Sometimes we need to choose nonprofits because they are doing the most important and pressing human work, not because they are the most innovative or have the best metrics, or because we know and like the leaders. I am guilty of this in my own personal giving, and I pledge to be different. -- Jan Masaoka

* This issue features a blockbuster article from Kim Klein, in which she discusses her Christian faith, an article on Real-Time Evaluation, and a Board Cafe article on how many people should be on a board. Plus: how to make mini-weapons of destruction (and fun) in your very own office.

* What a great response to our last issue with special 4-day discounts for Blue Avocado readers. More than 90 people took advantage of book discounts and more than 1,235 signed up for webinars. Terrific!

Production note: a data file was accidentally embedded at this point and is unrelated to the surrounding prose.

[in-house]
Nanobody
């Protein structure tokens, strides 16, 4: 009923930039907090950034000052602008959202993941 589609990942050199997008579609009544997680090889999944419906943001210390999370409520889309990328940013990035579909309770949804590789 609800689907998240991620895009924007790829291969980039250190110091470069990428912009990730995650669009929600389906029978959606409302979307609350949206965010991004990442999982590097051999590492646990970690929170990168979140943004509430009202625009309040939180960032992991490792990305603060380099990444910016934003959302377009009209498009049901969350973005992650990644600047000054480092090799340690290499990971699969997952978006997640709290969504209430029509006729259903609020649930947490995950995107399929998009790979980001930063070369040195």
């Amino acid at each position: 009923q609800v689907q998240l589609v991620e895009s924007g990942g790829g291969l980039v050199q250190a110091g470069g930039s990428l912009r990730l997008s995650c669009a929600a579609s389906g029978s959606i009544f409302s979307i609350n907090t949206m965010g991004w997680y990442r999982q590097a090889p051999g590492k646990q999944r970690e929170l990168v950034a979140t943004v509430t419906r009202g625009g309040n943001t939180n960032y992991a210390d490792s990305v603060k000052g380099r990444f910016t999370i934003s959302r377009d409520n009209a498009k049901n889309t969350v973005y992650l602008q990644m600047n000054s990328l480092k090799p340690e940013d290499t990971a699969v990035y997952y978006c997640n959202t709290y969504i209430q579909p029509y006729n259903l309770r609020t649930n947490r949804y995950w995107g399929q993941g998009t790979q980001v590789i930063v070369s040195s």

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Comments

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You all produce awesome content. Just wanted to say thanks. Brian Depew

Love it! I'm retitling Innovation vs Liberation and sharing!

Awesome post!

Once again you have spoken truth to power: foundations are mainly focused on innovation, social enterprise, outcome metrics, and the coolness factor. Let's start with the huge The California Endowment, whose wealth derives from billions paid by people in health insurance premiums for Blue Cross coverage.

This money was supposed to be spent on health care --- doctor visits, surgery, prescriptions, etc. That's what people were buying when they paid Blue Cross. When Blue Cross (nonprofit) became WellPoint (for profit) the assets of Blue Cross (premiums paid for health care coverage) were ceded to a new foundation, TCE. (Don't forget the "The"!) Rather than pay for health care, TCE is devoted to systemic change.